Adams, W. A. (2012). True or False: Incest is Disgusting, Therefore Immoral. [Review of the book, Yuck! The Nature of Disgust and its Moral Significance]. PsycCRITIQUES – Contemporary Psychology: APA Review of Books, January 18, 2012 (57) Release 3, Article 3.
People often call certain acts “unnatural,” and they mean to say immoral. The logic is that if a practice goes against nature, it is not only disgusting, but wrong. Does that make sense? Or is disgust, like any emotion, irrelevant to rational judgment? Shouldn’t what’s right and wrong be determined by rational consideration of values and traditions, not by a knee-jerk emotional reaction to what’s disgusting?
The common-sense formula seems to be, “Activity X is disgusting, therefore it is immoral.” For clarification, substitute the following practices for X: cigarette smoking, sodomy, human sacrifice, same-sex marriage, taxing the poor, worshiping false gods. Is the common-sense formula valid? No. It’s an error in reasoning called the naturalistic fallacy. That fallacy argues that whatever happens in nature is good, and whatever goes against nature is bad. But who says so? There is no justification for that belief.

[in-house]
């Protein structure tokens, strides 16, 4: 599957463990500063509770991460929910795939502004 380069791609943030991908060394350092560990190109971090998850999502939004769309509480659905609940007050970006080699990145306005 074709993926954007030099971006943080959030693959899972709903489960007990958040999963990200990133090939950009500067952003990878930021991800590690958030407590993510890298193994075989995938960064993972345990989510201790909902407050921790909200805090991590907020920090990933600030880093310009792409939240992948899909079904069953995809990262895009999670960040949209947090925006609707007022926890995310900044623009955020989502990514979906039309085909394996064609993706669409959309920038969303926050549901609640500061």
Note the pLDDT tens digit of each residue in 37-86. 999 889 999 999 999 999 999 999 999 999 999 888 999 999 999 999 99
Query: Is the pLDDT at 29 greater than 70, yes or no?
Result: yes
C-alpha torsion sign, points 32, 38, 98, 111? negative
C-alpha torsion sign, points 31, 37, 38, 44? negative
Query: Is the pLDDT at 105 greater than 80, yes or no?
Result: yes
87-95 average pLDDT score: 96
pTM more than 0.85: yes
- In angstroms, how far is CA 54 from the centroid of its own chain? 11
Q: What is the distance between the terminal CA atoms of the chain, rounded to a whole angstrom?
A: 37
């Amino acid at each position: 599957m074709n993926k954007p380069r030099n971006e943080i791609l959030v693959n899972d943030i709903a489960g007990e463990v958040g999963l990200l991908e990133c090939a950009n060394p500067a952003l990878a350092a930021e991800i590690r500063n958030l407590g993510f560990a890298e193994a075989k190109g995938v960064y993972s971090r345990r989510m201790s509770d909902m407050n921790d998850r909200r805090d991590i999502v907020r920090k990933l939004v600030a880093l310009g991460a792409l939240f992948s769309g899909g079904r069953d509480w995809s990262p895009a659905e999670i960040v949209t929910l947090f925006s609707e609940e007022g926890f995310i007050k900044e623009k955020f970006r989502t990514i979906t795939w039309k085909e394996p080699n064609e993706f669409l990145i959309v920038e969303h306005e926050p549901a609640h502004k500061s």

Philosopher Daniel Kelly offers a plausible account of what disgust is and an original proposal of its relationship to morality. The involuntary disgust reaction and its recognizable facial expression evolved, he says, for our prehistoric ancestors to identify and signal poisonous food and disease-causing situations.When you see someone react to something like the fellow pictured on the cover of the book, you are supposed to understand that what he’s reacting to is probably poisonous or disease-causing. (Although the picture leaves out an important element of the disgust reaction, the tongue sticking out of the mouth, so technically, the guy could be angry rather than disgusted. It’s an odd error for the publisher to make).
Today though, the disgust reaction has been recruited into service of social, moral, religious, and other judgments, so a person might have a visceral disgust reaction to a member of an ethnic out-group, even though that other person is neither poisonous nor parasitic. Actual disgust, once a warning against poison and disease, has become metaphorical social disgust.
But unlike biological poisoning, social values are arbitrary, based on a group’s transient beliefs, so disgust about certain social practices should have no influence on moral judgment. There’s no connection between biology and morality. Surprisingly though, author Kelly backs away from that conclusion, suggesting that even today, a disgust reaction to a social practice is a warning to others that it is dangerous and wrong. Why does he leave his conclusion hanging ambivalently like that? My guess is that he sniffed the disgusting odor of the naturalistic fallacy, but wanted to keep his conclusion anyway.